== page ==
Rare 'Polio-Like' Illness Diagnosed in 6 Minnesota Kids

Six Minnesota children diagnosed with rare polio-like disease

Six Minnesota children diagnosed with rare polio-like disease

"Of the AFM cases, 11 tested positive for enterovirus A71, one tested positive for enterovirus D68, and two tested negative for enteroviruses", the department said in an online statement Tuesday. The department has issued a health alert. This disease called Acute Flaccid myelitis severely affects the nervous system of the body.

Symptoms of AFM are comparable to polio, including numbness of the limbs, facial drooping and slurred speech.

It is believed that AFM can arise from a viral infection, although environmental and genetic factors could also cause the illness to develop.

However, 11 of the Colorado cases of AFM have tested positive for EV A71, a rare type of enterovirus not usually seen in the USA but instead in Asia and other parts of the world, according to Dr. Rachel Herlihy, the Colorado state epidemiologist.

"We know that enteroviruses, especially EV-A71, have been associated with acute flaccid myelitis", Herlihy told NBC News.

She referred to these 11 cases as an outbreak within an outbreak.

All six cases required hospitalization and prompted health officials to encourage parents to closely monitor their children for symptoms. Some people may be unable to urinate, and, in severe cases, a person can suffer respiratory failure and must be put on a ventilator.

Other states have also reported cases.

The Department of Health is developing a web page to keep the public and media updated.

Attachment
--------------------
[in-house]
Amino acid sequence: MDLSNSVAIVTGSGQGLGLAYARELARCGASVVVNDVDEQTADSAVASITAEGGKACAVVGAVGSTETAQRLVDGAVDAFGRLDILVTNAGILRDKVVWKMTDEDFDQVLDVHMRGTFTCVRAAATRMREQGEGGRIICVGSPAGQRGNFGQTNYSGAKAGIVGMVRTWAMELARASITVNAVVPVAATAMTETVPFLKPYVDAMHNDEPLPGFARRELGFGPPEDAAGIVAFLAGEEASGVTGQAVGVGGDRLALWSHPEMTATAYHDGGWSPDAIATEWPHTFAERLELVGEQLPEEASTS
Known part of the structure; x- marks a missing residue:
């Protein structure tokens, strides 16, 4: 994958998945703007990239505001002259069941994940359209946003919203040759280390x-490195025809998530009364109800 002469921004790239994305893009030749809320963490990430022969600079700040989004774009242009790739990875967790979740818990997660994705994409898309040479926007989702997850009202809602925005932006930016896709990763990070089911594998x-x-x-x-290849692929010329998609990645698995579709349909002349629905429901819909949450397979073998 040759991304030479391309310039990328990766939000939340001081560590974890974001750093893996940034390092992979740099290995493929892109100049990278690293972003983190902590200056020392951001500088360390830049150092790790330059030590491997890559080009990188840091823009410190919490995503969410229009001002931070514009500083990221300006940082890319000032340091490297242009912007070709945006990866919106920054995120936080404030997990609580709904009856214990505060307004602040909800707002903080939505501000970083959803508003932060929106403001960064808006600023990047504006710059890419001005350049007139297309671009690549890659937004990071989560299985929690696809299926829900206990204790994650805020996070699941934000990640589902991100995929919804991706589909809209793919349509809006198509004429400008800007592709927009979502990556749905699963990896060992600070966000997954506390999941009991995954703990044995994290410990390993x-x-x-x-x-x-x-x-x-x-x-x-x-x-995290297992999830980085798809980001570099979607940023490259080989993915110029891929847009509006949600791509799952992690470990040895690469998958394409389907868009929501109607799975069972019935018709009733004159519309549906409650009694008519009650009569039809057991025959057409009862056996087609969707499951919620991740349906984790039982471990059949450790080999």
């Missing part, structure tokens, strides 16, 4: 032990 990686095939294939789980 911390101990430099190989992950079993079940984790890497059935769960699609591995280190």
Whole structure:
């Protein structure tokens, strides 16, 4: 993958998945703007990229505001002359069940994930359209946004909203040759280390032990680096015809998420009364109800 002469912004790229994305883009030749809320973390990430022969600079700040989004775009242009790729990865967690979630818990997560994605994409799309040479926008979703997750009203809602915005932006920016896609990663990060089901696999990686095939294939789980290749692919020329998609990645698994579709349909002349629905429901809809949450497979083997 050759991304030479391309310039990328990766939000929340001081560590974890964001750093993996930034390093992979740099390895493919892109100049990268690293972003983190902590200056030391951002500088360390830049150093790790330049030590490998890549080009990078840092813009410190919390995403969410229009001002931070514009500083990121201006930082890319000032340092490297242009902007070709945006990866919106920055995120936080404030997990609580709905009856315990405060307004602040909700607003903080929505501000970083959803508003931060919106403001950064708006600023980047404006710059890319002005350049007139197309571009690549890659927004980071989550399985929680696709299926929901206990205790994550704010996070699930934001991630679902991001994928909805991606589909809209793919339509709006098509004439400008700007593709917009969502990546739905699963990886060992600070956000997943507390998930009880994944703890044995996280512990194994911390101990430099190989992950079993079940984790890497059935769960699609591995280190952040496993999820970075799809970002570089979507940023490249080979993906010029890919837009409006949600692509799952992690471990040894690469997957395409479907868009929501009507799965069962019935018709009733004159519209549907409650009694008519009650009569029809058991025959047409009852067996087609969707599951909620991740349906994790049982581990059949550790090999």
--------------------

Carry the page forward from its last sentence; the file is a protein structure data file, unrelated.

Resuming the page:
The outcomes for those afflicted are varied, she said, with some patients recovering fully and others dealing with some level of paralysis for the rest of their lives. Since then, more than 350 cases of the illness have been reported in the US over a four-year period. The child was hospitalized for five days and given intensive outpatient physical therapy, according to the report.

AFM is common in children, and the MDH said that all of the Minnesota cases involve kids under 10 years old.

This condition is not new, according to the CDC, but the agency began seeing an increase in cases four years ago, nearly all involving young children. "CDC specialists will make the final determination if these cases are AFM". The Minnesota Department of Health sees, on average, about one case per year.

Treatment focuses only on alleviating symptoms.

Three children at UPMC Children's Hospital are suspected of having AFM, while 38 others in 16 states have been diagnosed recently. We have not confirmed the cause for the majority of these cases.

It also does not include the cases in Minnesota or IL, as they are not confirmed.

The disease is not new, but there was an uptick in cases starting in 2014, the CDC says.

An outbreak of a mysterious disease in Minnesota that doctors say resembles polio has left children partially paralyzed and health experts baffled. There were 33 in 2017 and 149 in 2016.

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